If the shares are in share certificate form, we will need the original share certificate (we will return this with the Medallion Guarantee if that is the only service you need).
OTHER CANADIAN SHAREHOLDINGS
(1) The original share certificate or other evidence of ownership of the shares. Sometimes a copy of whatever correspondence has been found will be most useful as well as a copy of any letter you have received from the share registrars which confirms the shareholding. What we are trying to do is show the deceased’s ownership of the shares.
If the original share certificate is missing, you will have to have a bond premium paid in due time – probably to HKMB HUB (if Computershare are the share registrars) or to Martin Merry & Reid (if Canadian Stock Transfer (CST) are the share registrars) (see below).
Sometimes a copy of whatever correspondence has been found will be most useful as well as a copy of any letter you have received from the share registrars which confirms the shareholding. What we are trying to do is show the deceased’s ownership of the shares.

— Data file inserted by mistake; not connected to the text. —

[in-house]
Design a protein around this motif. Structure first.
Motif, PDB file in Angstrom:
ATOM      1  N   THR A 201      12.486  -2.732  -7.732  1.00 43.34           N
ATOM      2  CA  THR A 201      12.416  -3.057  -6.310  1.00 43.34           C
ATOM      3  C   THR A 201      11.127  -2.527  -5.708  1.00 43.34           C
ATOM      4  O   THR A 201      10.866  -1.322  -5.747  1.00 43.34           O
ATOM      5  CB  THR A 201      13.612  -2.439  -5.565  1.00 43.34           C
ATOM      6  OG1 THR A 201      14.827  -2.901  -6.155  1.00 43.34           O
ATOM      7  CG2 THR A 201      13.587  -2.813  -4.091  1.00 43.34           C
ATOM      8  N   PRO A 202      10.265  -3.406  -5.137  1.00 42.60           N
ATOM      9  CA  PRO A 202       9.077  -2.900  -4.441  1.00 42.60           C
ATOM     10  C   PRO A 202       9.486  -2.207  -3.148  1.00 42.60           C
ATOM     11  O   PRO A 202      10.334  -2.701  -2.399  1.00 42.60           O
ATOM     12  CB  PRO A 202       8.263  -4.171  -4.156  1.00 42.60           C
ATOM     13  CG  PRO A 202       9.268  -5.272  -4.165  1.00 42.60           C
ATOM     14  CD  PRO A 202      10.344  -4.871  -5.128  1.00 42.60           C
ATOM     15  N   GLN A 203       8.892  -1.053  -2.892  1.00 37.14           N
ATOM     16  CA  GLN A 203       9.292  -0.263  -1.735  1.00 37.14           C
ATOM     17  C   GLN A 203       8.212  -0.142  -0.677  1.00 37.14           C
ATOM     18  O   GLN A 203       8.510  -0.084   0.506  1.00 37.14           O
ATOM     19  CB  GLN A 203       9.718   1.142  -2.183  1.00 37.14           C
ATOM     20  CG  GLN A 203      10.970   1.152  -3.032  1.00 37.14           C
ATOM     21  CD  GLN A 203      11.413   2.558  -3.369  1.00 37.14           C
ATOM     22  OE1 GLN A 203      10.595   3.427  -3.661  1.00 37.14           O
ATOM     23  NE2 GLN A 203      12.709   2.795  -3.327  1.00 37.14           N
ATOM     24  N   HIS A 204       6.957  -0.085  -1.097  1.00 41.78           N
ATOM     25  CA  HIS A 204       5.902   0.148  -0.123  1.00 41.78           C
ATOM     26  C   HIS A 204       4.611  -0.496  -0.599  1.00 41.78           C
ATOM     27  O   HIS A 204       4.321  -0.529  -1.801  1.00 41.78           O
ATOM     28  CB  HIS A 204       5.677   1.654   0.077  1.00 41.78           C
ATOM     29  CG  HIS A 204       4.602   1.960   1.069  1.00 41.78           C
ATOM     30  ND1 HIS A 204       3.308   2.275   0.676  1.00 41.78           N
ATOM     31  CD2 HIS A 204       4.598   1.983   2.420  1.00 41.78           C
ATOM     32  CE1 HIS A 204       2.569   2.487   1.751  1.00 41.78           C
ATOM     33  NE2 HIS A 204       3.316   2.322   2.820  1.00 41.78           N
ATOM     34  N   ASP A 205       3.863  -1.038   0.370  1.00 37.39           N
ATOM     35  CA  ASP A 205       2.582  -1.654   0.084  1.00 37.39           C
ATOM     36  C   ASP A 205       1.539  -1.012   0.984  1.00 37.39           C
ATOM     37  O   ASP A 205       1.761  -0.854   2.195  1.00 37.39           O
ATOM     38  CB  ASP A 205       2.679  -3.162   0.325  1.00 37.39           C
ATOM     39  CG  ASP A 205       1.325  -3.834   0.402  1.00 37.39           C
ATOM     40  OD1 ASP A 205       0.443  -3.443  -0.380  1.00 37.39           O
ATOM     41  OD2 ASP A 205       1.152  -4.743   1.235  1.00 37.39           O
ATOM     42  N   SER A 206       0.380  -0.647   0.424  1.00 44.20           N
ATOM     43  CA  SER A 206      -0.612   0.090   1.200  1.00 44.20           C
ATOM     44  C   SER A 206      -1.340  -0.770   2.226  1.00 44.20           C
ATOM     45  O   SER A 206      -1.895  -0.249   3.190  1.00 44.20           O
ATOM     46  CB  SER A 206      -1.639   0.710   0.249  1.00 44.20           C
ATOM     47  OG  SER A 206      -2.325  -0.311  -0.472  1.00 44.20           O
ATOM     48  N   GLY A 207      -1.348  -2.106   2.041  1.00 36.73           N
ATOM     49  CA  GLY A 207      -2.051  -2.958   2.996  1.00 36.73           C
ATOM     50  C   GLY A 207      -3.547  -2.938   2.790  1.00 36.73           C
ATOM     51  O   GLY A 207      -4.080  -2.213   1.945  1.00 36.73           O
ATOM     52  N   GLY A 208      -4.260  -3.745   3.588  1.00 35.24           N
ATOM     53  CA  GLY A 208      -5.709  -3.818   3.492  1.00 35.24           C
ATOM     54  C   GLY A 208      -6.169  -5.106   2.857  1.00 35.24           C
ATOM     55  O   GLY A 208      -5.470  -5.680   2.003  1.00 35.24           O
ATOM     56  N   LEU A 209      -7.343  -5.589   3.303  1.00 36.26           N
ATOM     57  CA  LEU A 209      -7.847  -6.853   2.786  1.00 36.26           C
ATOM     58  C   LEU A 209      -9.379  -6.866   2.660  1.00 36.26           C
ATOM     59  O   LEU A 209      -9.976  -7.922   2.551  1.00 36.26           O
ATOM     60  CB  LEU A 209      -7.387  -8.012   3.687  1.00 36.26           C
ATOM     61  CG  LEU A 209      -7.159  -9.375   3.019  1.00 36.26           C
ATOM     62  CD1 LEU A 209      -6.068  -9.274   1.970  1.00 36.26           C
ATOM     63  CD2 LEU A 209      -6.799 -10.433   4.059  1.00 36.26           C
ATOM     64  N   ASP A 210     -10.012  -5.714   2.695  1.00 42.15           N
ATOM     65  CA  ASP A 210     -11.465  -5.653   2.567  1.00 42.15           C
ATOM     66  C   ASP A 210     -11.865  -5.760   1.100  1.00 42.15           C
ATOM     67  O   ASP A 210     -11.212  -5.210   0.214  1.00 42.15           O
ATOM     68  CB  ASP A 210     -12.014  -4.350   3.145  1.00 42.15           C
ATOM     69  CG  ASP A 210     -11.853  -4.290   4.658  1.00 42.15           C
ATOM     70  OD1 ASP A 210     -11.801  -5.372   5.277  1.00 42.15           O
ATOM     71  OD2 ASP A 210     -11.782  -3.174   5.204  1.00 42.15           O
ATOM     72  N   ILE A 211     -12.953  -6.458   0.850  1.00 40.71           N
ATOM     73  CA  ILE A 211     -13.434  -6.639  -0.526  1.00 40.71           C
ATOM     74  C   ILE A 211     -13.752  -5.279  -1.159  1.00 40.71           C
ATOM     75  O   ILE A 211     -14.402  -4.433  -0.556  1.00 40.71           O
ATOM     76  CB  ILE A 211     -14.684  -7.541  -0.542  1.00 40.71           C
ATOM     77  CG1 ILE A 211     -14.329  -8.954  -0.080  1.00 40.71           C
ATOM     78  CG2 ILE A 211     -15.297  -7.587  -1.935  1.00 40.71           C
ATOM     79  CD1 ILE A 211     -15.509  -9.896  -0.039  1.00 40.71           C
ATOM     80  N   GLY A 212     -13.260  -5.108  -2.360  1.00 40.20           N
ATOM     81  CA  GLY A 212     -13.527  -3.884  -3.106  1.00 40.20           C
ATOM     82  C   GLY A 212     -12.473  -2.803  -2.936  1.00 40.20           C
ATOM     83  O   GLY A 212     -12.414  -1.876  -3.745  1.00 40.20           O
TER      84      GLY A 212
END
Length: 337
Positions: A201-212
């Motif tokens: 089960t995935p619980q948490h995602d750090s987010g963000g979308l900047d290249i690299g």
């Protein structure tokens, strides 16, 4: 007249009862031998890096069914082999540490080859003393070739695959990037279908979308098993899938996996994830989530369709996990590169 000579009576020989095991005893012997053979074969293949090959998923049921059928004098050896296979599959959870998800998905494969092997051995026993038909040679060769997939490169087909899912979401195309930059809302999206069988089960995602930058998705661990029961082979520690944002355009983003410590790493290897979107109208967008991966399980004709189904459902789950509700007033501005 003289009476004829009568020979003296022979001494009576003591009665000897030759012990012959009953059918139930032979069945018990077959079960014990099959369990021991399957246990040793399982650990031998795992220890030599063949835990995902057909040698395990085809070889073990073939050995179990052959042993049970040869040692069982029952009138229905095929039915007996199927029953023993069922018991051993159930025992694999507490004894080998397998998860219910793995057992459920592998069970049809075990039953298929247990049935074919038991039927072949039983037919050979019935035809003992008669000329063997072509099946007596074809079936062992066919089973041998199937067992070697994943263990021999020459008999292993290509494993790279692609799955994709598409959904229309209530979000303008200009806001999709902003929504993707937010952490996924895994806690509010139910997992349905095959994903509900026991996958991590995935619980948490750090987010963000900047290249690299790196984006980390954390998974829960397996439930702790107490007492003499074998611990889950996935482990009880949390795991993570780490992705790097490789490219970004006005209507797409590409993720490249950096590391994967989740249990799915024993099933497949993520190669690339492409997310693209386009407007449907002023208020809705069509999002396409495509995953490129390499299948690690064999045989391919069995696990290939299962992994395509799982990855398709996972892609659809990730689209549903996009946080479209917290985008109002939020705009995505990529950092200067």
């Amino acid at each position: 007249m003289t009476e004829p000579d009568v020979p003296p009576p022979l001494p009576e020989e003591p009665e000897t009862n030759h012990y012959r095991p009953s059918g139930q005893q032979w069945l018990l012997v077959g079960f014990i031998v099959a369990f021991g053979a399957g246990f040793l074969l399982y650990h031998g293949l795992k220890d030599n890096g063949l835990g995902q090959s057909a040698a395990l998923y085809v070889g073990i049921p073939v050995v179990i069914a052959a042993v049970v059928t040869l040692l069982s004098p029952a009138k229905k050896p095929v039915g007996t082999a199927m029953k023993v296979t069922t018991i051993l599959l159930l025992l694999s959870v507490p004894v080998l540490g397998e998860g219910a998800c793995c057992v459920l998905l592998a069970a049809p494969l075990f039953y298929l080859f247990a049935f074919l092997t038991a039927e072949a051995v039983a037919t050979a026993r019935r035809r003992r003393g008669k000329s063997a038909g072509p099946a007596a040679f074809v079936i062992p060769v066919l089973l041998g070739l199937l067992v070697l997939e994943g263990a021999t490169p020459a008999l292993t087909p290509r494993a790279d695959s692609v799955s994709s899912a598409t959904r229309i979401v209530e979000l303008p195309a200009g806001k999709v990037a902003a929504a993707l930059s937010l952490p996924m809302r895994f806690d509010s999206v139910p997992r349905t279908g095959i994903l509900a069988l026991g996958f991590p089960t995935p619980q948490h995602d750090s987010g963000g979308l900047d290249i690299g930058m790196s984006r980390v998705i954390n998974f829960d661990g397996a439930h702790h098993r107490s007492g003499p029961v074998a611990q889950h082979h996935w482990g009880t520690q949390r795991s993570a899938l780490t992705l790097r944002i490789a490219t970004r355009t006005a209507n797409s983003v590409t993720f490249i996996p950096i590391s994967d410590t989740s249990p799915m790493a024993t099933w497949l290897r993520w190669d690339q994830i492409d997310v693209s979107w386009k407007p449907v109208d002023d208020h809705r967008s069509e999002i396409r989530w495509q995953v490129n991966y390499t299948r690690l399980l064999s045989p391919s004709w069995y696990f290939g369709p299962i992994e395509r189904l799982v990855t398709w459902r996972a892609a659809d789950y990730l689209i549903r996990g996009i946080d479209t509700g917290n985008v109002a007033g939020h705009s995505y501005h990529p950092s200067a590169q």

You should note that if any share certificate was issued and it has been lost, then the share registrars will need an indemnity from you based upon the value of the shares. You will have to pay an insurance premium to the share registrars (or their nominated insurer / indemnifier – which could also be SafeCo). The amount is usually about 3% of the value of the shares, with a minimum premium being payable. The 3% is calculated upon the value of the shares at the time that payment is to be made, and it is possible to pay by wire transfer if you prefer, rather than using a bank draft.
If there is no evidence as to the type of shares, we can ask our brokers to obtain a Direct Registration (DRS) Advice Statement which should tell us in what form the shares are held – share certificate, electronic or a mixture of both.
As the deceased may have owned the shares for some time a copy of a recent dividend statement will be required, and if that does not show the deceased’s shareholding, then a letter from the company or its share registrars will be required to show the deceased’s ownership of the shares. We can write to the company or its share registrars on your behalf to confirm the shareholding, if you wish us to do so. We will need a Letter of Authority, a sealed and certified copy of the Grant of Probate (we will need a cheque in favour of HMCTS for £10 in payment of the probate registry fees when we obtain the same) and an original copy of the Death Certificate (the green coloured version) (as to which see below) for such purpose.